Also, the mu-plugins idea doesn’t work so well for a network environment where not all sites require the extra functionality.

    • Bill Erickson says:

      The registering of the custom post types and taxonomies belong in the functionality plugin, but their display (the template files) belong in the theme. Besides there not being an easy way to package theme files in a plugin, the idea is that if you change themes you’d need to change those theme files as well.

      I don’t work on multisite websites, so that’s not an issue for me :)

      • Jon Breitenbucher says:

        That is kind of what I concluded from my investigations.

        I maintain four network installs. All for the same university. :(

  8. Hi, Bill – just wanted to thank you for this and your other post on Custom Post Types. What you’ve described about a core functionality plugin makes a lot of sense and I’d never thought about it before. I’m about to start experimenting with Custom Post Types for the first time and happened upon your site – great instructions and advice.

  9. Richard Buff says:

    How come there are no shortcodes listed in https://github.com/billerickson/Core-Functionality? I always use the url, wpurl, and child shortcodes that I learned from your site and include them in every project. I recently switched to using a Core Functionality plugin (which I also first heard of on your site) for non-theme related things and I just added a shortcodes.php file to the /lib/functions folder. Is that how you do it when you add shortcodes for a client site?

    • Bill Erickson says:

      If shortcodes are required, I create a file in /lib/functions/shortcodes.php.

      A long time ago I used the url, wpurl, and child shortcodes in sidebar widgets because my find/replace of URLs when migrating didn’t work on serialized arrays (widget content is stored as a serialized array). Now that I use this approach, I use actual URLs instead of shortcodes everywhere. I no longer need those three shortcodes.

  10. Thanks for this idea!

    I was curious though; how do you flush the rewrite rules cache when you make CPTs this way? Must Use plugins don’t respond to activation hooks, which is what appears to be the normal method. Do you just go to Settings > Permalinks after you make your CPTs? Calling that page up seems to force a refresh (you stop getting 404s on newly created CPT posts after).

    • Bill Erickson says:

      Yes, I go to Settings > Permalinks to flush the rewrite rules. Since this is a plugin developed for a specific client, and I’m the one who’s implementing it for them, I don’t have to worry about the rewrite rules being flushed (the client never activates/deactivates it).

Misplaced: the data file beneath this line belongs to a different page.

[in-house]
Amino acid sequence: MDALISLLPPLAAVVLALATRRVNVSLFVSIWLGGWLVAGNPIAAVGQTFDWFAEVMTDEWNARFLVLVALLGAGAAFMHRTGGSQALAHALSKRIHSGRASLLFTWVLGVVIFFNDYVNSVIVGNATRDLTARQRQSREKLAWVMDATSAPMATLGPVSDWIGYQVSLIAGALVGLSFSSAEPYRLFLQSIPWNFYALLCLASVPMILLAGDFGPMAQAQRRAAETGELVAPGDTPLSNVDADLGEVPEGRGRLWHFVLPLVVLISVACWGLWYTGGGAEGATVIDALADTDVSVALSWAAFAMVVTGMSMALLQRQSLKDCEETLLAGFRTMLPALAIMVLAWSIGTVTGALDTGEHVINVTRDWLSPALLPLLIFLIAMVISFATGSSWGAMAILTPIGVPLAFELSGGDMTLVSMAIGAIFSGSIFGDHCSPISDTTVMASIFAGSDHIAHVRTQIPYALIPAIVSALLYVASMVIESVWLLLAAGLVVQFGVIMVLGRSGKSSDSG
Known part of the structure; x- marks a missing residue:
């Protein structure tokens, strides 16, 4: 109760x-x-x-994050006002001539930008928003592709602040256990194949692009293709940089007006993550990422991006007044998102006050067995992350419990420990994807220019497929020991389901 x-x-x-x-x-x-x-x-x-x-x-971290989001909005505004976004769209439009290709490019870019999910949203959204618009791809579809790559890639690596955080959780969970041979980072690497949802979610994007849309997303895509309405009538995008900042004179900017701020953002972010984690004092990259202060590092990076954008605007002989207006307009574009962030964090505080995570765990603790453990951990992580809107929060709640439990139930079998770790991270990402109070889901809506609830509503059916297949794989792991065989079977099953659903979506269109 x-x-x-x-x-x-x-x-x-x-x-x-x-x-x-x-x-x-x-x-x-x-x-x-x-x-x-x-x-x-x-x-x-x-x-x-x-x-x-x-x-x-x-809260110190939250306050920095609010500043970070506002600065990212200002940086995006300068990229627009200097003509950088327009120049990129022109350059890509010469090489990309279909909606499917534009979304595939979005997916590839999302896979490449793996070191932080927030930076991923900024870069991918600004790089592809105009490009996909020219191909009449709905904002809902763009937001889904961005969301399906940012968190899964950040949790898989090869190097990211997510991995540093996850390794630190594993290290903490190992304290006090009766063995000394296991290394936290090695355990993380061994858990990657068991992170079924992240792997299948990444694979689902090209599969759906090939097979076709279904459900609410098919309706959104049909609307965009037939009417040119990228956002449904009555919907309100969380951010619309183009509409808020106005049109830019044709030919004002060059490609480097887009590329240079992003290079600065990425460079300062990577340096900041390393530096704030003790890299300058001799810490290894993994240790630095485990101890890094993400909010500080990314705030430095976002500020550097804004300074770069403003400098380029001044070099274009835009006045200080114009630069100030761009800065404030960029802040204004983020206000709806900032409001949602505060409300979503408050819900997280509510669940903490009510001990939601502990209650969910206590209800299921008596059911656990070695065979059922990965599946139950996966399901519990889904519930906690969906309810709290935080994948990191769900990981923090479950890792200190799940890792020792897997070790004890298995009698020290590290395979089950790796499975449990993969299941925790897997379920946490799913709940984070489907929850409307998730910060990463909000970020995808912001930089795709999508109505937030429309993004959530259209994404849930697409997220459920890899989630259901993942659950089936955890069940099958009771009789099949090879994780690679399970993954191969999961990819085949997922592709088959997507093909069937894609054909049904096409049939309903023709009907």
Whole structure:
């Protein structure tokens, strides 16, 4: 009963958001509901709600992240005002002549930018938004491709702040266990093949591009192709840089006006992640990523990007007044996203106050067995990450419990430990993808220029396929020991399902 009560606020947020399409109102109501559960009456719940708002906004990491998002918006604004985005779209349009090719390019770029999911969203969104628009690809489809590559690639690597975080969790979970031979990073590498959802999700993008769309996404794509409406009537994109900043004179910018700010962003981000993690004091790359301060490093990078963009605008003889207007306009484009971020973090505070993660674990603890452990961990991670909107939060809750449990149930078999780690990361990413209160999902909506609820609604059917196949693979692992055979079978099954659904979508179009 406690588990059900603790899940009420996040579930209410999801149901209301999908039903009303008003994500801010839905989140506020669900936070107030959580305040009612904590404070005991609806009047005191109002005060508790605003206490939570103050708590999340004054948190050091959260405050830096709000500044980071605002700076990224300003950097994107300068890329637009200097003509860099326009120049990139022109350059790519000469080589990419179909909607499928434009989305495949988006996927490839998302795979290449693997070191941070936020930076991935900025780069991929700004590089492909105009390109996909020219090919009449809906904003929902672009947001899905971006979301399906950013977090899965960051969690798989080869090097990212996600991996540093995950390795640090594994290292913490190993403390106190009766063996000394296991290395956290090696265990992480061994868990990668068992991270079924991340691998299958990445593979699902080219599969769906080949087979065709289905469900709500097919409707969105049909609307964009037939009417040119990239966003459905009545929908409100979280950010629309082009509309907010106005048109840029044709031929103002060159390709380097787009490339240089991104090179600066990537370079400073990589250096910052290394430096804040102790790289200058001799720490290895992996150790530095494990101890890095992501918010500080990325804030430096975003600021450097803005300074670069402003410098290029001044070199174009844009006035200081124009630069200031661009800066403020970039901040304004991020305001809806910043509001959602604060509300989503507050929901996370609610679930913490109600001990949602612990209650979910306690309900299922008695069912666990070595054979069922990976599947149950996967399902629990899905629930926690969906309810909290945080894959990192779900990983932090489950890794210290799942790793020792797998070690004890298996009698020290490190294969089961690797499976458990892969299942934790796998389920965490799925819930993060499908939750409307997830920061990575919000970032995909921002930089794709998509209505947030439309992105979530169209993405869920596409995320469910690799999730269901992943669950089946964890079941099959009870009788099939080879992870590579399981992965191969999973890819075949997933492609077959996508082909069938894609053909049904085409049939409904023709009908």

Thanks for the reminder. I updated the post above to indicate I no longer use must-use plugins for this and why.

  11. Hi Bill

    Someone made custom changes to our original lifestyle theme version 1.0 things like content area wider, and side bars and all the aforementioned borders their colors and width and menu drop down style and look. They did the coding within the actual style sheet etc and possible sometimes php file maybe as well no doubt not the best correct way of doing such changes and wanted to know WHAT one SHOULD have done really when doing such things…

    NOW, if I was to upgrade to lifestyle 2.0 latest everything will look different since we did a test view and the content words and images within the side bars all got totally jumbled and haywire……my FIRST question to you please is what would you say if we did want to upgrade to lifestyle 2.00 how best to go about doing it and where should such custom coding to have wider content side bars look etc be applied to in a way where any future upgrades won’t create the same problem – we have 4 sites all done using same Lifestyle version 1.0 right now and feel upgrading to any future versions we should perhaps be actually doing ? So as to keep everything future proof so to speak

    I am not good with code but willing to make back ups and copy code once I know where to add it in what specific place or plugin you have that may aid and how to use etc.

    many thanks

    • Bill Erickson says:

      Making changes to the look and feel of your site (making sidebars wider, changing font colors and sizes…) should always be done in your child theme. It sounds like your developer did it correctly.

      Your child theme contains your site-specific design changes. When I build a site for a client using an existing child theme like Lifestyle, the first thing I do is rename the theme because we know we’ll be changing it.

      Child themes are not designed to be updated. There is no upgrade path from Lifestyle 2.0 from Lifestyle 1. They are two completely different themes.

      If you’d like to use Lifestyle 2.0, you’ll have to take the same approach you did with your first theme: Install the new theme, then hire a developer to make the changes you’d like made to it.

      The core functionality plugin discussed in this post is for theme-independent features. That is, the things you would want to keep if changing to a completely different theme. The widths of sidebars belongs in a theme (design). Things like custom post types belong in a plugin (functionality).

      I hope that helps.